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The Isle of Wight Zoo may be closed for a while due to the COVID-19 outbreak, but that’s not going to stop the public from keeping up with the antics of Vigo and Kumba.

The 2 rescued lion brothers recently moved into their new accommodation which came complete with a heated sleeping area and specially reinforced full-height windows allowing the public, when the Zoo is open, incredibly privileged, face to face encounters with the king-sized duo.

From today, thanks to the donation of 2 web cams by Island IT company Dataswift, the lions can be viewed day or night as the cameras cover their sleeping quarters and their outside enclosure. You can access the cameras at https://isleofwightzoo.com/kumba-vigo-webcam.

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Lawrence Bates, The Zoo’s Head of Zoological Operations said:

“As well as being a fantastic for the public, the cameras are a great tool for keepers who can now keep a remote eye on the boys from the comfort of their own home. Beware though, the pastime is incredibly addictive!”

To ensure that the public is kept up to date with the Zoo during the closure, keepers will be feeding the lions at midday nearly every day so check in to the camera to catch the action.  If you miss that there will be a Facebook update every day at 14:00.

Vigo and Kumba were brought to the zoo last year after being saved from a Spanish circus where they spent most of their lives cooped up together in a lorry trailer. When they were young, they were neutered, beaten, and their claws cruelly and painfully removed.

Since the boys’ arrival, The Wildheart Trust – which operates the Zoo – has been working on fundraising and sponsorship to develop the new supersized accommodation. That fundraising is now focussed on supporting The Wildheart Trust to continue to be able to look after the animals during the closure.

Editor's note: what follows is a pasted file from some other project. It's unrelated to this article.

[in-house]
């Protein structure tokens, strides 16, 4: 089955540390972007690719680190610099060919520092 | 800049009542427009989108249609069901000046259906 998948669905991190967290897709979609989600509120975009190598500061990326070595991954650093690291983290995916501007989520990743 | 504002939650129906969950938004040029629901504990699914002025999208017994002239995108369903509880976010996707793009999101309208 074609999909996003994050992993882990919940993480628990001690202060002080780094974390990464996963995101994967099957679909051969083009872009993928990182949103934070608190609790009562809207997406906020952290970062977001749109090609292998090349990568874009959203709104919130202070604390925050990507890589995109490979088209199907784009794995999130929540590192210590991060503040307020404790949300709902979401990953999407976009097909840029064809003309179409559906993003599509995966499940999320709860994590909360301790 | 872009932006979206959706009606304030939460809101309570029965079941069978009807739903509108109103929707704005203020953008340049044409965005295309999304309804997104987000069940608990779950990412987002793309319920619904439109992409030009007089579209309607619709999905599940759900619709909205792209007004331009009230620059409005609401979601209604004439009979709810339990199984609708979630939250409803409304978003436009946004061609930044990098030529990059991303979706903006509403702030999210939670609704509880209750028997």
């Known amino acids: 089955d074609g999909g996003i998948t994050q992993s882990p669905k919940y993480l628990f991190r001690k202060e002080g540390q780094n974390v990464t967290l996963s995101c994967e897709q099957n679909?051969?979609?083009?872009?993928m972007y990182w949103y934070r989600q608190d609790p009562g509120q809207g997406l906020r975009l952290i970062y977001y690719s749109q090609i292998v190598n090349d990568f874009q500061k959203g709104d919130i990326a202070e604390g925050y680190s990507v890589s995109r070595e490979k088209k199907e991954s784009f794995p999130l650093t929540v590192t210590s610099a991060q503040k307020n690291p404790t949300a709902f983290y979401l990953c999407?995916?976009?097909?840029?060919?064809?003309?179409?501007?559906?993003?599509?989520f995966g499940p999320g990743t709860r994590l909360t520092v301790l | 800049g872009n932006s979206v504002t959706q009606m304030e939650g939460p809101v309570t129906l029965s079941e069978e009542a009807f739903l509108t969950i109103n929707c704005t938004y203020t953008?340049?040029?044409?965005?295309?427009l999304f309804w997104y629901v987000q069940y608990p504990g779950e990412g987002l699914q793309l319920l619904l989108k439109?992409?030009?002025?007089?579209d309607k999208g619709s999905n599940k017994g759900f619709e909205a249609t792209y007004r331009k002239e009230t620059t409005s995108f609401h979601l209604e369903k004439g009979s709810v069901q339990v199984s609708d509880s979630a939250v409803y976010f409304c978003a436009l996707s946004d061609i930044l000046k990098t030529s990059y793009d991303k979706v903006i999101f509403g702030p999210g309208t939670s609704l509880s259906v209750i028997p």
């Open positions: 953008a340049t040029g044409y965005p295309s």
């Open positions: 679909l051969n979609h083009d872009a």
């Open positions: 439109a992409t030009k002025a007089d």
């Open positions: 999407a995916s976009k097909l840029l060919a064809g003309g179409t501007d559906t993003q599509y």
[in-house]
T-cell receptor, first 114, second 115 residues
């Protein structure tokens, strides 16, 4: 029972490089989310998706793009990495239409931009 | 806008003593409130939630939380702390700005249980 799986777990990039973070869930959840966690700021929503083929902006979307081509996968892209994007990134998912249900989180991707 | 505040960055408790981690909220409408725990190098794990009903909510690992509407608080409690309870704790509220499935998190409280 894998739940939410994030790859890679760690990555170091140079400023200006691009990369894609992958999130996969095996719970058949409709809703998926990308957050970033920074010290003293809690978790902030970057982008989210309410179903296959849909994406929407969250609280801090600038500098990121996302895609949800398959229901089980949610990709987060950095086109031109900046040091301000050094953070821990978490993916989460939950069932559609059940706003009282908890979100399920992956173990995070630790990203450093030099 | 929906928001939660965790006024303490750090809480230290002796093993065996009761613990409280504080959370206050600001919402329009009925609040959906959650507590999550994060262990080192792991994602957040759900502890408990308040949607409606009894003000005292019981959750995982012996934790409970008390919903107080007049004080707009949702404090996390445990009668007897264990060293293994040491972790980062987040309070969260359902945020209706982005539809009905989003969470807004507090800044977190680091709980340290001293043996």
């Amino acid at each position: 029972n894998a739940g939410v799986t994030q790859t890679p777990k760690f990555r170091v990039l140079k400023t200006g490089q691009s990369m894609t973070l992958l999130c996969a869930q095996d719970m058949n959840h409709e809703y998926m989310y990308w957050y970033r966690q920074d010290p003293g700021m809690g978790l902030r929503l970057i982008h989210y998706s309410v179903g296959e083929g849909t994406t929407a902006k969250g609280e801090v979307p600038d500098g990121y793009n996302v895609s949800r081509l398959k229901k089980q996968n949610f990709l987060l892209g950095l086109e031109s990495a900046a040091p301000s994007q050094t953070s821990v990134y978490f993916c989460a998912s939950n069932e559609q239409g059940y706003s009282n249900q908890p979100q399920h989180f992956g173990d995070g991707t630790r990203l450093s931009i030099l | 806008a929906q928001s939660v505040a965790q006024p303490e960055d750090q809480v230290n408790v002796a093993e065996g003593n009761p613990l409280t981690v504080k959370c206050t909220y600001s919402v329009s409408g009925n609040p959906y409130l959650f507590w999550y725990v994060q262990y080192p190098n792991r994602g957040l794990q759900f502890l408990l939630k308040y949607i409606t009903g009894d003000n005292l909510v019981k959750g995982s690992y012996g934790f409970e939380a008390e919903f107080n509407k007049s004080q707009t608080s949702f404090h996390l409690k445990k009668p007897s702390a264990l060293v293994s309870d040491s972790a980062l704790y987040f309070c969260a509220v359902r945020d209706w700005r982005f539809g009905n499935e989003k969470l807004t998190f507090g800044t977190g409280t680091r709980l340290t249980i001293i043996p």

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Lawrence adds:

“It costs £1000 a month to care for our big cats so a period with no income is daunting for us. We really need the public’s help to get through.”

The Trust has asked for donations to be made to its crowdfunding campaign which you can access through the website or at www.crowdfunder.co.uk/wildheart-trust. A donation area has been set up at the entrance to the Zoo for those that want to donate food for the animals.

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The two beautiful Lions should be in a Safari park imo or better still in their home land in a safe reserve. Find little joy in seeing such animals caged in this cold, damp country.


if you taken some time to read their website you would see these animals have complex back grounds. These two lions have known nothing but captivity and releasing them into a reserve, or a park with other lions would be a disaster. These lions would not be able to hunt in a reserve or protect themselves in a park, and in both situations would not be accepted by other lions. Yes, it’s not ideal but their lives are a hundred times better now they are not in a circus. 

Don't tell him pike.

I suggest you go visit them and listen to the guide talk on what they have been through and what their needs are .your suggestion would not work .

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